Orangutans and the Flood

creationist biogeography

Incl. intelligent design, belief in divine creation

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Re: Orangutans and the Flood

#61  Postby Alan C » Dec 29, 2016 9:42 am

PensivePenny wrote:
Alan C wrote:And how did the plants repopulate the Earth in sufficient number [and quickly enough]? I'm not sure many seeds tolerate salinity too well.
How would the marine food chain have coped with this disruption?


Invoke the magic man... God did create all the land and all the plants on the land in a single day, once before.

Which does kind of beg the question, "Why did god need Noah?"

Fucking one hit wonder, that god, I guess. :dunno:


Indeed. Plus it probably would have had to magic away all the rotting dead organisms when the excess water disappeared.
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Re: Orangutans and the Flood

#62  Postby Scot Dutchy » Dec 29, 2016 10:21 am

Plus getting them back to their original habitats.
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Re: Orangutans and the Flood

#63  Postby Blackadder » Dec 29, 2016 12:52 pm

PensivePenny wrote:I'm sure any being capable of flooding the entire planet with water could probably manage the salinity of that water... it is well within the skill set of any high school chemistry student to work out the proper ratios.

You know the trump card is whatever card the creationist plays next. (sarc). Deductive reasoning is no match for the magic man.



Indeed. Reasoning stands no chance when pitted against the shit-brained ignorance and stupidity of YEC's. You might as well argue with a garden weed.
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Re: Orangutans and the Flood

#64  Postby Scot Dutchy » Dec 29, 2016 12:55 pm

That would give you more sense.
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Re: Orangutans and the Flood

#65  Postby tolman » Jan 01, 2017 2:44 am

PensivePenny wrote:If god can extend a man's life to 500 years (or 900) then is there really any further leap of faith required to think god didn't just preserve all the bugs, and solve all the unsolvable problems that render the ark implausible? It's why this falls on deaf ears with creationists. One magic can be any magic.

One does have to wonder though, if god is really capable of all that, why the fuck was the flood even required? Wouldn't a snap of his fingers kill off all the evil humans instantly? Ha! Your god is weak.

Wouldn't even have to kill them - just make them infertile, and wait.
A deity can afford to play the long game.

Though one does wonder about the [supposed] inherent evil of everyone else.

Even leaving aside the necessary post-flood Noah-family incest to repopulate the world, if the wives of Noah's sons weren't also their sisters, they must have come from other families, which suggests not everyone else was inherently and incurably evil.

But maybe that's falsely trying to apply logic to a biblical fairy tale.

And making the mistake of considering women as people, rather than the rapable-on-payment baby factories which various of the people who wrote the OT seemed to essentially see them as, even when they weren't merely slaves, or Untermensch from other than the chosen tribes.
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Re: Orangutans and the Flood

#66  Postby PensivePenny » Jan 01, 2017 3:23 am

tolman wrote:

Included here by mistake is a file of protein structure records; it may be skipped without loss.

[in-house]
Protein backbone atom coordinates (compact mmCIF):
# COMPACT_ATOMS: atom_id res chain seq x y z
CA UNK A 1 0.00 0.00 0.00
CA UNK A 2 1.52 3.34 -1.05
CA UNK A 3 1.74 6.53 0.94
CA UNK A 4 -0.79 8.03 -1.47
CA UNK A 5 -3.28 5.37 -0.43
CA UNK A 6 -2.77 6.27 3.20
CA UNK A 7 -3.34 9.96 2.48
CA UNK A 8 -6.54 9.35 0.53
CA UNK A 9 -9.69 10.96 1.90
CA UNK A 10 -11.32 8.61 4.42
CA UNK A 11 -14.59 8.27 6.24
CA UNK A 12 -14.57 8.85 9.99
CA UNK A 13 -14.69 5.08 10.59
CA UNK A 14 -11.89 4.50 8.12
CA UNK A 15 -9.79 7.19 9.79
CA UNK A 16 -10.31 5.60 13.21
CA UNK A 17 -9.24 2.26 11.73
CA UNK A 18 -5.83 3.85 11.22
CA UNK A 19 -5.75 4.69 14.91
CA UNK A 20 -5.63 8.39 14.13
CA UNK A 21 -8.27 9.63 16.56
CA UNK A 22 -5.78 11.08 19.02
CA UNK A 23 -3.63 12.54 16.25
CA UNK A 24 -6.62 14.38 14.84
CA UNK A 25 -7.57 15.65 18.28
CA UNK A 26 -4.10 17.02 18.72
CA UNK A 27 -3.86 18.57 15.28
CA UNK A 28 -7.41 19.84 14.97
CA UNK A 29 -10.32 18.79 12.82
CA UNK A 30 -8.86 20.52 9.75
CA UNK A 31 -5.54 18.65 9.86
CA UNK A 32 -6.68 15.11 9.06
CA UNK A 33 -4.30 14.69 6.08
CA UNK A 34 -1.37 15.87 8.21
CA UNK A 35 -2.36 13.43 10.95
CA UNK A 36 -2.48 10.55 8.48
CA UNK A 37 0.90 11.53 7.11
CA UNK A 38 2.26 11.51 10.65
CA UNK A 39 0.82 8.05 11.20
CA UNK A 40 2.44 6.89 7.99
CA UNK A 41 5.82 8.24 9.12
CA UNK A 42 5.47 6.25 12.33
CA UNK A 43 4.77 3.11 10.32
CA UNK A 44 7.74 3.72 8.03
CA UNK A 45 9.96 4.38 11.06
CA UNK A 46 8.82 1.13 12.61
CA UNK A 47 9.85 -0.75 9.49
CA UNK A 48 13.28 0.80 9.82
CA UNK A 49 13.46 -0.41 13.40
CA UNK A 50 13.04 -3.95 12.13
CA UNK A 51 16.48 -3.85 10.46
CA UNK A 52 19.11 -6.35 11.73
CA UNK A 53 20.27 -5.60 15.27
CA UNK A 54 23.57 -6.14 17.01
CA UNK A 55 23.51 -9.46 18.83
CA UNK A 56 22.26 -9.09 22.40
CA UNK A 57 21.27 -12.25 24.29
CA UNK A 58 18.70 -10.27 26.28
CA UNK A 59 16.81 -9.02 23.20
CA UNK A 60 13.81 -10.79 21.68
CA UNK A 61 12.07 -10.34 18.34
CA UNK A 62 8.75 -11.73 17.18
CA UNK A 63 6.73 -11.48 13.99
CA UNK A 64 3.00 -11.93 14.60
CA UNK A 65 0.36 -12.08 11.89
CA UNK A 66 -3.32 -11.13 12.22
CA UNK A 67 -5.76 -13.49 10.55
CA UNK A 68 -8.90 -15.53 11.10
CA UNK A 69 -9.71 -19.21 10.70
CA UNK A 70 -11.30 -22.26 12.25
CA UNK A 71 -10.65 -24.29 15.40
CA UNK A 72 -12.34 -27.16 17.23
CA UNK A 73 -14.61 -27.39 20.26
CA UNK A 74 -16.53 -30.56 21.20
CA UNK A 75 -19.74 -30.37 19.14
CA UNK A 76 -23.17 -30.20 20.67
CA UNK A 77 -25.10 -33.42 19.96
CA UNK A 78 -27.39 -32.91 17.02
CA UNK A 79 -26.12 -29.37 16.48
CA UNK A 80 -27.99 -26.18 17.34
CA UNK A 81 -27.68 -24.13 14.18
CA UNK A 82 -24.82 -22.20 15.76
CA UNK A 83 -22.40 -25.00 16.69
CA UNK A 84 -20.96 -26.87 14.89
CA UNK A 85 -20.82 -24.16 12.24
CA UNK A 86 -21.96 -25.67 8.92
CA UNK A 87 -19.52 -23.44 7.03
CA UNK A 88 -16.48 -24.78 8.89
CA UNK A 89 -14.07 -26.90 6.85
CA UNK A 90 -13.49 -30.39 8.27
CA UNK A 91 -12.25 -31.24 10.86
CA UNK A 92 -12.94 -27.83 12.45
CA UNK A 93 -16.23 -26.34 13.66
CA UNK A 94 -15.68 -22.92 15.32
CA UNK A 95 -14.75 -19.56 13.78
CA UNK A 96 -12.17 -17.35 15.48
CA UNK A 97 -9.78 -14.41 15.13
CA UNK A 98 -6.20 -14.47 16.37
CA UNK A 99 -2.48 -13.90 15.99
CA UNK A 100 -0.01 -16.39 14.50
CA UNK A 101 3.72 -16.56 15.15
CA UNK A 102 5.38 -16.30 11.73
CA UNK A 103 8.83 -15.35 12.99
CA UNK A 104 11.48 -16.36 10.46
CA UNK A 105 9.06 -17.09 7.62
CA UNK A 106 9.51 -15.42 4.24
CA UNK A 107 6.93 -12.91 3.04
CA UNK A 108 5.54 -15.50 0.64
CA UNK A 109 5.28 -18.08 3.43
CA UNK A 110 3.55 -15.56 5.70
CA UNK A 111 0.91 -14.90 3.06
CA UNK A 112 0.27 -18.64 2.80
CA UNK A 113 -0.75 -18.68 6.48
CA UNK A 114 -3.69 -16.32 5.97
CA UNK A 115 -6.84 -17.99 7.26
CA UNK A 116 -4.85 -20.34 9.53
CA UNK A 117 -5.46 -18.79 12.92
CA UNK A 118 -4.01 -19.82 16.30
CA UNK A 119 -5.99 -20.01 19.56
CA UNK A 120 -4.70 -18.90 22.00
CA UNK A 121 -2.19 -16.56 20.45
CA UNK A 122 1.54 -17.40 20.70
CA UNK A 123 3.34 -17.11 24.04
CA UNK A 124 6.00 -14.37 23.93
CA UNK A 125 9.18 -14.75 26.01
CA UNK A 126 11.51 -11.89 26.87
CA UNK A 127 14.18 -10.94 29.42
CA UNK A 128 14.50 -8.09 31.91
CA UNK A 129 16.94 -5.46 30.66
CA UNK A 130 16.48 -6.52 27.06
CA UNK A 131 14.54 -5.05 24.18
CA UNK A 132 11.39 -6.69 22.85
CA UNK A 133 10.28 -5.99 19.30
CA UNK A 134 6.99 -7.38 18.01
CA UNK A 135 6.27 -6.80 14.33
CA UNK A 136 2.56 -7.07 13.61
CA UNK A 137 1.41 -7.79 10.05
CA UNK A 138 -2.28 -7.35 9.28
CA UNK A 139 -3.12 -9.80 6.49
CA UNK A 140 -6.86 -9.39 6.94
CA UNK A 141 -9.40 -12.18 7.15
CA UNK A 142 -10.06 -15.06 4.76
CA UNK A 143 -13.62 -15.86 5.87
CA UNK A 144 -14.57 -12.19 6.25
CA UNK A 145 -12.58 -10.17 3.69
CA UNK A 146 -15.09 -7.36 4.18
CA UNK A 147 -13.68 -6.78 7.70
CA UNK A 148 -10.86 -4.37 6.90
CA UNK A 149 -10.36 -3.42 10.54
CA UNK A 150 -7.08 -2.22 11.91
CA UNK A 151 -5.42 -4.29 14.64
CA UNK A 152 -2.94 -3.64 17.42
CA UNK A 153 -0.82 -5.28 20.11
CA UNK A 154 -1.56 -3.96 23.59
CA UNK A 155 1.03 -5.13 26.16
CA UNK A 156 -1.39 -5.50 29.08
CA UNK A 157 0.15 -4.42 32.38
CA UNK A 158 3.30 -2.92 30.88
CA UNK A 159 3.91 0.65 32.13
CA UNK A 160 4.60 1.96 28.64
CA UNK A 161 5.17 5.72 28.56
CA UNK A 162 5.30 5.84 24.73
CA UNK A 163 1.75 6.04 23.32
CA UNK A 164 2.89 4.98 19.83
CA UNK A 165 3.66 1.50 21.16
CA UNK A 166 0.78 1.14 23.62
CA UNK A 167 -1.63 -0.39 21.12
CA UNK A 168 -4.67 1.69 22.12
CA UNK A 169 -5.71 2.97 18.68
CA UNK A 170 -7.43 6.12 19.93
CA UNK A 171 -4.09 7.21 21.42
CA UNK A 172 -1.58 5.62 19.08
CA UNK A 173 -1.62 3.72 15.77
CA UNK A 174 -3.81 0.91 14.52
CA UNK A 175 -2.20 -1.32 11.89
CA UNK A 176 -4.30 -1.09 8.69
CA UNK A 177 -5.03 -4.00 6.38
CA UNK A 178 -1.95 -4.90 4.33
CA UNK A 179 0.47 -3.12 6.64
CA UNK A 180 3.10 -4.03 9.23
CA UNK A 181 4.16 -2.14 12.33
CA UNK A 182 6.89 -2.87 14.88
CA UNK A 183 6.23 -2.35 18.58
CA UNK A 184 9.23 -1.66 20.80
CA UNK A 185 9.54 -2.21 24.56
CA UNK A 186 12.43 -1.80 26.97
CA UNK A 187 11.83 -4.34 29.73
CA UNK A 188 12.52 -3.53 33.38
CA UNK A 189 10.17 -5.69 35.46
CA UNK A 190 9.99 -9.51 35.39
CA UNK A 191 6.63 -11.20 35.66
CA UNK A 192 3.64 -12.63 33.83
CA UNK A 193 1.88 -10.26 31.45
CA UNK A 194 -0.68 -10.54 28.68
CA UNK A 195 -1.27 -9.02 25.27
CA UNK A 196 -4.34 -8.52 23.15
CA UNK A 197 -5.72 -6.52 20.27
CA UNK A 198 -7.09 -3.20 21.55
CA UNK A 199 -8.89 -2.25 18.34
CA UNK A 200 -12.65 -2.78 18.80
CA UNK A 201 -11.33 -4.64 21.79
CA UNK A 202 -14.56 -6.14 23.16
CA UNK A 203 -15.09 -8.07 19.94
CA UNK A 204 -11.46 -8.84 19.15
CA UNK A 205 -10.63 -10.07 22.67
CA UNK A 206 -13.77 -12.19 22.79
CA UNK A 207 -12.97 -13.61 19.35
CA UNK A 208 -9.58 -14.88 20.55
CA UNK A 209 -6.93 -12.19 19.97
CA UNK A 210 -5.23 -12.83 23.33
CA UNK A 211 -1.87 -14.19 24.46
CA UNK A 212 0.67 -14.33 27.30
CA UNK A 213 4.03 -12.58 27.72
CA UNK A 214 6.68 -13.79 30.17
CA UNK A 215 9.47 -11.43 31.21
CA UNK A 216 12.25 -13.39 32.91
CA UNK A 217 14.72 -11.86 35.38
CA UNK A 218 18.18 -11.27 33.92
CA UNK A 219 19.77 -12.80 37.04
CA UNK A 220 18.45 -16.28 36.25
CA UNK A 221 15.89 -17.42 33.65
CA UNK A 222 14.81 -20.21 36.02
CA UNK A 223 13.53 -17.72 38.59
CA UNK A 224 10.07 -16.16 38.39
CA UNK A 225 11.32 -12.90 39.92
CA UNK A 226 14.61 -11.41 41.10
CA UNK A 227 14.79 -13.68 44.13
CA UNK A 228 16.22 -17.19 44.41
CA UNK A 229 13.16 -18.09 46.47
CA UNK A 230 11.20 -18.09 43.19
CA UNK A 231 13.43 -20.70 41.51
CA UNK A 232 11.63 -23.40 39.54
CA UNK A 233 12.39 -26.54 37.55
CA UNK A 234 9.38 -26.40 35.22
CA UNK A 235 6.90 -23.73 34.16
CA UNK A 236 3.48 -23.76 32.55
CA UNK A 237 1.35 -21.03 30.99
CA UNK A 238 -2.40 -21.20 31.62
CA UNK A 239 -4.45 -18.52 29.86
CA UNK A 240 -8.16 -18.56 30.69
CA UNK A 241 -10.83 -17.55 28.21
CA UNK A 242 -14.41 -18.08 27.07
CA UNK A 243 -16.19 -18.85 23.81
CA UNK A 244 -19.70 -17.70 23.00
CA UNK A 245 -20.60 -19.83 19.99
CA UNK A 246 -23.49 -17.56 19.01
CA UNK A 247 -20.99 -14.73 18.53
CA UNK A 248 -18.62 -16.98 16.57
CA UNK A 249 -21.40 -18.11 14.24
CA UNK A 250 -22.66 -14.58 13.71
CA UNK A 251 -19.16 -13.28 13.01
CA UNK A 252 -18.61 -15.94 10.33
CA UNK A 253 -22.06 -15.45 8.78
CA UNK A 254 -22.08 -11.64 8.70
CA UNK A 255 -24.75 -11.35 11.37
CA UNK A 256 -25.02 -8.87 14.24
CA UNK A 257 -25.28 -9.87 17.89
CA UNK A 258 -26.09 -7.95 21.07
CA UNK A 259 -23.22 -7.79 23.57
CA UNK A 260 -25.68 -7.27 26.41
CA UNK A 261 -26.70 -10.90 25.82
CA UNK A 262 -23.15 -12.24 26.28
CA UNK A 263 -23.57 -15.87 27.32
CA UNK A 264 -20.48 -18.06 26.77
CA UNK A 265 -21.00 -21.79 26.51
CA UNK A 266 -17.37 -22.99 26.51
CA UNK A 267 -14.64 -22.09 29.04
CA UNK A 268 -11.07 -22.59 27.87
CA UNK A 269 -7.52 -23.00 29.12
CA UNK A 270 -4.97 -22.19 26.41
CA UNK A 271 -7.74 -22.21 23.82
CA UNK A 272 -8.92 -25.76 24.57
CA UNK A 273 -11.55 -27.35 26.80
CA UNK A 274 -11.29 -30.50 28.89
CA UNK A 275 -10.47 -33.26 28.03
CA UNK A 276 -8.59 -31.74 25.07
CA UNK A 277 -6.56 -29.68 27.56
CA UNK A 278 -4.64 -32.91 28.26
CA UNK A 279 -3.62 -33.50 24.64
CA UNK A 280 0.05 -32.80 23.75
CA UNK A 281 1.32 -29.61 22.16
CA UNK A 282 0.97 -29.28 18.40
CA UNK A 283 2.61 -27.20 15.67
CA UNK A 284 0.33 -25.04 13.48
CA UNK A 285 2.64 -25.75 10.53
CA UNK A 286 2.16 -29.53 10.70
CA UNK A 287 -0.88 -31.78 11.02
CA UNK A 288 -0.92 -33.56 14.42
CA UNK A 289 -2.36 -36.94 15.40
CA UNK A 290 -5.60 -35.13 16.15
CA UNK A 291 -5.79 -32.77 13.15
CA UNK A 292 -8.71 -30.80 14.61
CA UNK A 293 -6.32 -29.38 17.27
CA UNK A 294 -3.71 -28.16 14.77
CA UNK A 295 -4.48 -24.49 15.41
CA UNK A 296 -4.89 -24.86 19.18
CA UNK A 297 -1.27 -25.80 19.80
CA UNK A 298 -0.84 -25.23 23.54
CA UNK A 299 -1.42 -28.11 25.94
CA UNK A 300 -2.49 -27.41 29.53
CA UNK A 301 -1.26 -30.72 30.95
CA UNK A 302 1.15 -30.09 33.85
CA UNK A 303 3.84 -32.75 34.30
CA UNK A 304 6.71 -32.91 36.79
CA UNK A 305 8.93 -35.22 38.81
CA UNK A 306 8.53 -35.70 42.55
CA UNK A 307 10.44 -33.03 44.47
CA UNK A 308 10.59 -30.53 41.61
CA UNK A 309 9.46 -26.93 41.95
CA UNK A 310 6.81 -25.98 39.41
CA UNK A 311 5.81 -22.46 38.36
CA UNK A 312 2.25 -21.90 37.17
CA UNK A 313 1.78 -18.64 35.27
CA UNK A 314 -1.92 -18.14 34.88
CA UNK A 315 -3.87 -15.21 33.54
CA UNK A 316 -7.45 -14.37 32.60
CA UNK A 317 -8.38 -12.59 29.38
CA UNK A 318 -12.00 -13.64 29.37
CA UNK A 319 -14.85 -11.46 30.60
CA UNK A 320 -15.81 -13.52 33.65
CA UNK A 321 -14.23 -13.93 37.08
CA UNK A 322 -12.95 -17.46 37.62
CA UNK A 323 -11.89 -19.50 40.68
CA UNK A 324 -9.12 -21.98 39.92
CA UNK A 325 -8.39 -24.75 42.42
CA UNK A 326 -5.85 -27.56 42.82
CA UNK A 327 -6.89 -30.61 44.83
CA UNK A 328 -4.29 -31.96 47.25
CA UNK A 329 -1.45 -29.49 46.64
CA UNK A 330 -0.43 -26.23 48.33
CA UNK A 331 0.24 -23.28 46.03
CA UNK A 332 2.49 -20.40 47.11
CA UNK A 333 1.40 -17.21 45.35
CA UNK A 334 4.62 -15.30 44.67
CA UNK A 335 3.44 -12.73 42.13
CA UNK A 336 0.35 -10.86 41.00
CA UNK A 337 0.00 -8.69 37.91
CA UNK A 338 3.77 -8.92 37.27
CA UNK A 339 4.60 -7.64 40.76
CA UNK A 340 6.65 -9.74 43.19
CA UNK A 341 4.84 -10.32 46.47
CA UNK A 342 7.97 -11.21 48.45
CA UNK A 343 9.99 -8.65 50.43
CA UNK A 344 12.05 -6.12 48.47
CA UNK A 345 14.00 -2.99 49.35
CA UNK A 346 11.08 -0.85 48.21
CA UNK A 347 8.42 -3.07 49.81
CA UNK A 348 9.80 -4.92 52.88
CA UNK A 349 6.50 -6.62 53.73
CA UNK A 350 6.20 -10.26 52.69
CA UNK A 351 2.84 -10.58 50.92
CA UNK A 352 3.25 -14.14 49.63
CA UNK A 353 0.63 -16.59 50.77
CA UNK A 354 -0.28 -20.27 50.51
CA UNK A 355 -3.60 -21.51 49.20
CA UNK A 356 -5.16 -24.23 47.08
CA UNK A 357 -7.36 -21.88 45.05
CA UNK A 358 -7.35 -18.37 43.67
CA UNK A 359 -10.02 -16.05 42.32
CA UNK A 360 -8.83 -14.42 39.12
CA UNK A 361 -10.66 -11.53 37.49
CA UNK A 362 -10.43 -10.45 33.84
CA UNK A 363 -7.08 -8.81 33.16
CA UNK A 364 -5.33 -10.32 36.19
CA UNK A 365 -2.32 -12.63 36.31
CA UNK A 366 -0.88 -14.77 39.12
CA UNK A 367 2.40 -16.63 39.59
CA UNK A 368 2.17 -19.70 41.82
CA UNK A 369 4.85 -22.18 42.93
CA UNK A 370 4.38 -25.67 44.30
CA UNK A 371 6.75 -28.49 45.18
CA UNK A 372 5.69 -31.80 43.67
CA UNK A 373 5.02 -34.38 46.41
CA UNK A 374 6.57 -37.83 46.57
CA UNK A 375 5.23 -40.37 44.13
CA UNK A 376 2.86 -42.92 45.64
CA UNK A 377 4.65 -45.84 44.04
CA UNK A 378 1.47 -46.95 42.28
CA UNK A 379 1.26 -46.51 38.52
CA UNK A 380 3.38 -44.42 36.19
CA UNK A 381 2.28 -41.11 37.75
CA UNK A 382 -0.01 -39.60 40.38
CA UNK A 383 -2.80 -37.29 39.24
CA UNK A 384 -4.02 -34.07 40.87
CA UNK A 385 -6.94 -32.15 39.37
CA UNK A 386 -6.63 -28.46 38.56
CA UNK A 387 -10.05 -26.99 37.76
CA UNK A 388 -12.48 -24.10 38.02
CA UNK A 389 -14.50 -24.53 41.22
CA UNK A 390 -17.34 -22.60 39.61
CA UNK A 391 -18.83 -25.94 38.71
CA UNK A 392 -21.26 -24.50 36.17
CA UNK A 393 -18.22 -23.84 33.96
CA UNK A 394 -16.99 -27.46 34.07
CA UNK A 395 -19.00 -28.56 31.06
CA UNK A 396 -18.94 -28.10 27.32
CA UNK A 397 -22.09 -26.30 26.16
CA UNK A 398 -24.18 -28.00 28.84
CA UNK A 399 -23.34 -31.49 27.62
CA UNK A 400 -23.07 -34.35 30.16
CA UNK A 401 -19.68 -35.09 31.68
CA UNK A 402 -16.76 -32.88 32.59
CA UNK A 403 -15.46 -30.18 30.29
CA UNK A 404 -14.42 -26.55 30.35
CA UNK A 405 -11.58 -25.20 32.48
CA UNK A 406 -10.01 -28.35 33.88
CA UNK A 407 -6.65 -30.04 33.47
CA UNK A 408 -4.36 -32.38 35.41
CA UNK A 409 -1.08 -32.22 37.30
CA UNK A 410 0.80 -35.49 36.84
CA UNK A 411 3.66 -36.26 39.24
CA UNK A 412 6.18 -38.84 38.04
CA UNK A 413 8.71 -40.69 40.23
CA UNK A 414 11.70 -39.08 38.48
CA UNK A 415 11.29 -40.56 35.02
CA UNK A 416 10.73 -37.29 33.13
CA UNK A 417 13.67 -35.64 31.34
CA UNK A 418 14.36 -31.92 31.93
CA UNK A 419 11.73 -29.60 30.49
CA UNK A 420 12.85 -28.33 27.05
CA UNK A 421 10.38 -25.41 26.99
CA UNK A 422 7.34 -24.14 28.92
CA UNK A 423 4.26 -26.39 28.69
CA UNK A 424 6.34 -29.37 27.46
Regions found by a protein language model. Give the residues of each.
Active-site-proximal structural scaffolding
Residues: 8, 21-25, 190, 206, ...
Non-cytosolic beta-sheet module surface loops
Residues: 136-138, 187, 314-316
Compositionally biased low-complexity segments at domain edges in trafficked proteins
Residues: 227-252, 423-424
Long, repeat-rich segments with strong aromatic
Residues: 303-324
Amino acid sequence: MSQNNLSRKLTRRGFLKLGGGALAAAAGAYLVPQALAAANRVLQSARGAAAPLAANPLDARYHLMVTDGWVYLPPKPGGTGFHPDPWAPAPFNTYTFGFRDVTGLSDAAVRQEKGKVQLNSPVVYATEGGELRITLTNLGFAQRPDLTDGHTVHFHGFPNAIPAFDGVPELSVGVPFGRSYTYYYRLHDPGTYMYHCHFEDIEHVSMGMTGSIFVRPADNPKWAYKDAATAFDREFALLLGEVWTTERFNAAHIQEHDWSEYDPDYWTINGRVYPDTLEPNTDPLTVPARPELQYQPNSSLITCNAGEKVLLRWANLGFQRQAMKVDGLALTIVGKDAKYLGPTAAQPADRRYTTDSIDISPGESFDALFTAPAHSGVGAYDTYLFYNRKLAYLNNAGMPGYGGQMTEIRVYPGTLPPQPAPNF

PensivePenny wrote:If god can extend a man's life to 500 years (or 900) then is there really any further leap of faith required to think god didn't just preserve all the bugs, and solve all the unsolvable problems that render the ark implausible? It's why this falls on deaf ears with creationists. One magic can be any magic.

One does have to wonder though, if god is really capable of all that, why the fuck was the flood even required? Wouldn't a snap of his fingers kill off all the evil humans instantly? Ha! Your god is weak.

Wouldn't even have to kill them - just make them infertile, and wait.
A deity can afford to play the long game.

Though one does wonder about the [supposed] inherent evil of everyone else.

Even leaving aside the necessary post-flood Noah-family incest to repopulate the world, if the wives of Noah's sons weren't also their sisters, they must have come from other families, which suggests not everyone else was inherently and incurably evil.

But maybe that's falsely trying to apply logic to a biblical fairy tale.


And making the mistake of considering women as people, rather than the rapable-on-payment baby factories which various of the people who wrote the OT seemed to essentially see them as, even when they weren't merely slaves, or Untermensch from other than the chosen tribes.


All good points. My point is the one emphasized in your quote. There is a lot of logic applied to the fairy tale. It's really the only thing we have as rational beings to argue the absurdities in the book. But, when you have a magic man, logic and reason have no power. I particularly like the idea of making the evil people sterile. How elegant a solution that would be. Too bad god didn't think of it. :lol:
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Re: Orangutans and the Flood

#67  Postby monkeyboy » Jan 01, 2017 6:21 pm

tolman wrote:
Even leaving aside the necessary post-flood Noah-family incest to repopulate the world, if the wives of Noah's sons weren't also their sisters, they must have come from other families, which suggests not everyone else was inherently and incurably evil.

But maybe that's falsely trying to apply logic to a biblical fairy tale.

To be fair, that one's child's play compared to finding wives for the sons of Adam and Eve. Logic don't belong in this book, it spoils nearly every plot within.

Sodom and Gomorrah, full of sinful gays and other generally sinful deeds and generally unworthy who could only be sorted out by a good dose of wanton death? Man made in God's image anyone? Go on, jog on logic, you got no place in this book I tell ya!
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Re: Orangutans and the Flood

#68  Postby Calilasseia » Jan 02, 2017 3:10 pm

monkeyboy wrote:
tolman wrote:
Even leaving aside the necessary post-flood Noah-family incest to repopulate the world, if the wives of Noah's sons weren't also their sisters, they must have come from other families, which suggests not everyone else was inherently and incurably evil.

But maybe that's falsely trying to apply logic to a biblical fairy tale.